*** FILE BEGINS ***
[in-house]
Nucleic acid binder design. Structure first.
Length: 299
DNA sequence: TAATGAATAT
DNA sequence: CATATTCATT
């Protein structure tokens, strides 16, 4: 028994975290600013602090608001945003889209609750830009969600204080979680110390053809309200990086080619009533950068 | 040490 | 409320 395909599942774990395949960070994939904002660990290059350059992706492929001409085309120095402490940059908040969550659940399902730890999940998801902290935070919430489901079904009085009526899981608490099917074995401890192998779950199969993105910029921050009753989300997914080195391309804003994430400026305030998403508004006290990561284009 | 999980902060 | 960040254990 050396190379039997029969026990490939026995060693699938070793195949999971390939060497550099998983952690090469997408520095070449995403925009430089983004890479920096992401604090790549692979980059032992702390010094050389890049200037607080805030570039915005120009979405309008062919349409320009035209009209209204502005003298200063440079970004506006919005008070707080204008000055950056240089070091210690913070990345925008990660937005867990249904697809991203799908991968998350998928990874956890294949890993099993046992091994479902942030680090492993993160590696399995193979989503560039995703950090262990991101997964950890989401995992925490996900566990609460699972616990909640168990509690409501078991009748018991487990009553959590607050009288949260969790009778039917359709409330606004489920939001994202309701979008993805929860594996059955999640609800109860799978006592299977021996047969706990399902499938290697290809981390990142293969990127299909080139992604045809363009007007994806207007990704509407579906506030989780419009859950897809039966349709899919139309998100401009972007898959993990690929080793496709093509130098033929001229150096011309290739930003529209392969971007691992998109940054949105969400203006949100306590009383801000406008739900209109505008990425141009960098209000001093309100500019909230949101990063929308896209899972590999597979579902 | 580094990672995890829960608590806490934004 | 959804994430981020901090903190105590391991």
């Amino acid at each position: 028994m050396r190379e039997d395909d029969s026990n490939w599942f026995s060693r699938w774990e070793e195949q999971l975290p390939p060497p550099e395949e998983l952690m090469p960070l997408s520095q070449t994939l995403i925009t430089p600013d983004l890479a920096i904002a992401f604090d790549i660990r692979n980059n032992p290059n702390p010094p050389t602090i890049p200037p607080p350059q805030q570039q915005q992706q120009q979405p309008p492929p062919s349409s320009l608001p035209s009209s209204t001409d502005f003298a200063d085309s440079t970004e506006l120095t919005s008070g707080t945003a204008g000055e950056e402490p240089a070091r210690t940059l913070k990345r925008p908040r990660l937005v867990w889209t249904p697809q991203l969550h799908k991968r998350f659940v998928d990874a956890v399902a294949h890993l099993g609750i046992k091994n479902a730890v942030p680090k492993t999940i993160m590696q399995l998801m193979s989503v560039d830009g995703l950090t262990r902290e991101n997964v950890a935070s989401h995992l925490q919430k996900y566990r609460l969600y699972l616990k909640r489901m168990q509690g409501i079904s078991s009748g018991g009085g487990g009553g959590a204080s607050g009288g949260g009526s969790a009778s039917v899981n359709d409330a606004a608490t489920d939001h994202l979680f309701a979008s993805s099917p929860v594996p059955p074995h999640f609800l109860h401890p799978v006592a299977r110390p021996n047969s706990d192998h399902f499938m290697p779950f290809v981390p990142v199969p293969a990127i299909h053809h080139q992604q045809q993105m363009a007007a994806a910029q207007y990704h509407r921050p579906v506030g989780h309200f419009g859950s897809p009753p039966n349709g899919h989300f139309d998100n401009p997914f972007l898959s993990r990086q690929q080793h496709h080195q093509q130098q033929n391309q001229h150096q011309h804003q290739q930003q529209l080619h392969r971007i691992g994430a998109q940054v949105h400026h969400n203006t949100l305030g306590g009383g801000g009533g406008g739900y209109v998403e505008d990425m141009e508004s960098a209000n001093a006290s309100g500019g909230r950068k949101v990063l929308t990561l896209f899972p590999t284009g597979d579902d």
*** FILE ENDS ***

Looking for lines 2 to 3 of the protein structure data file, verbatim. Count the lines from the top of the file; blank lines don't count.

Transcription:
Nucleic acid binder design. Structure first.
Length: 299